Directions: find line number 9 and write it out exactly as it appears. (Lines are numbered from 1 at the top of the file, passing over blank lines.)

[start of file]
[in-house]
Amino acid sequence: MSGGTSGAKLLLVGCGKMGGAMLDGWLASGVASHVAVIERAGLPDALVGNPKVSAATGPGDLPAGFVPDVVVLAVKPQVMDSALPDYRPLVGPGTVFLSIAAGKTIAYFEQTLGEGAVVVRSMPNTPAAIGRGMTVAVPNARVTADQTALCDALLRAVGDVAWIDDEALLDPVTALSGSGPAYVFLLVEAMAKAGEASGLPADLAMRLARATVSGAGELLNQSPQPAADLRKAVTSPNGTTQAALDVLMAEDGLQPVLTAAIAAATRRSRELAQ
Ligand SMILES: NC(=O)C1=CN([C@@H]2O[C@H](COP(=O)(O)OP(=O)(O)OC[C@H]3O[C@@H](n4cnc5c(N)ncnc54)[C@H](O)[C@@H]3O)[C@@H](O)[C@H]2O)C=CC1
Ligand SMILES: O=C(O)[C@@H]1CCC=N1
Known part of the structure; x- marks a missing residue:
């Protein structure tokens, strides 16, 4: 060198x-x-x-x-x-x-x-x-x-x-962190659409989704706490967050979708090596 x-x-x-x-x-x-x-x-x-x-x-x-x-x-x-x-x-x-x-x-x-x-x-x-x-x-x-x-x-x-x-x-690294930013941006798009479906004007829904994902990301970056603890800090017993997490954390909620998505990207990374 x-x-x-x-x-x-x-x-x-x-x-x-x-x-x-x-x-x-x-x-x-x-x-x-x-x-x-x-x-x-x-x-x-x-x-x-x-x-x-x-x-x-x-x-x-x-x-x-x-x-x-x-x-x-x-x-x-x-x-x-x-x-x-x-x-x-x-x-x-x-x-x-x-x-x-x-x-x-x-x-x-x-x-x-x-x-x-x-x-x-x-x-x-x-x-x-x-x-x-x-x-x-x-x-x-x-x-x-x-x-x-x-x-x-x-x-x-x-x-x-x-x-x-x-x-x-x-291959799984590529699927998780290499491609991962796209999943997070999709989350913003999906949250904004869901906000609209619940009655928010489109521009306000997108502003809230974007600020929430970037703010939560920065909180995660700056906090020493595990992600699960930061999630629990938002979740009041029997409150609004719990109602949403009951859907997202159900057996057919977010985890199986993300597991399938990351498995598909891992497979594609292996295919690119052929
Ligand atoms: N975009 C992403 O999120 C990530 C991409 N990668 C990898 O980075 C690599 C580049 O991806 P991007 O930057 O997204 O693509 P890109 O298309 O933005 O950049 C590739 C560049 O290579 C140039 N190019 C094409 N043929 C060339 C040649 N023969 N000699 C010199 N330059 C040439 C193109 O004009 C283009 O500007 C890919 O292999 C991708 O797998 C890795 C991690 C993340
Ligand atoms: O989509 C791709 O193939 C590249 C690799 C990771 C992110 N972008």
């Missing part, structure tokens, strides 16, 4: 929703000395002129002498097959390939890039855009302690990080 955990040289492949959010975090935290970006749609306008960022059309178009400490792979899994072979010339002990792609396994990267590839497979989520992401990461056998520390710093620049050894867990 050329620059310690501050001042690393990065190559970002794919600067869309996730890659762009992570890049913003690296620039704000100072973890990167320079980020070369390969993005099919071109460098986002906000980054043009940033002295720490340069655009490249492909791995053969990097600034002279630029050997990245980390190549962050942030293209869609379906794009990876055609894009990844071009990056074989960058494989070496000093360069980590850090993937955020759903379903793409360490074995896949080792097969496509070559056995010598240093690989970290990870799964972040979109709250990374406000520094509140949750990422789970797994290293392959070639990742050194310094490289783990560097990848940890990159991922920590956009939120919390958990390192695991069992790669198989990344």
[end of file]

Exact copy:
């Missing part, structure tokens, strides 16, 4: 929703000395002129002498097959390939890039855009302690990080 955990040289492949959010975090935290970006749609306008960022059309178009400490792979899994072979010339002990792609396994990267590839497979989520992401990461056998520390710093620049050894867990 050329620059310690501050001042690393990065190559970002794919600067869309996730890659762009992570890049913003690296620039704000100072973890990167320079980020070369390969993005099919071109460098986002906000980054043009940033002295720490340069655009490249492909791995053969990097600034002279630029050997990245980390190549962050942030293209869609379906794009990876055609894009990844071009990056074989960058494989070496000093360069980590850090993937955020759903379903793409360490074995896949080792097969496509070559056995010598240093690989970290990870799964972040979109709250990374406000520094509140949750990422789970797994290293392959070639990742050194310094490289783990560097990848940890990159991922920590956009939120919390958990390192695991069992790669198989990344």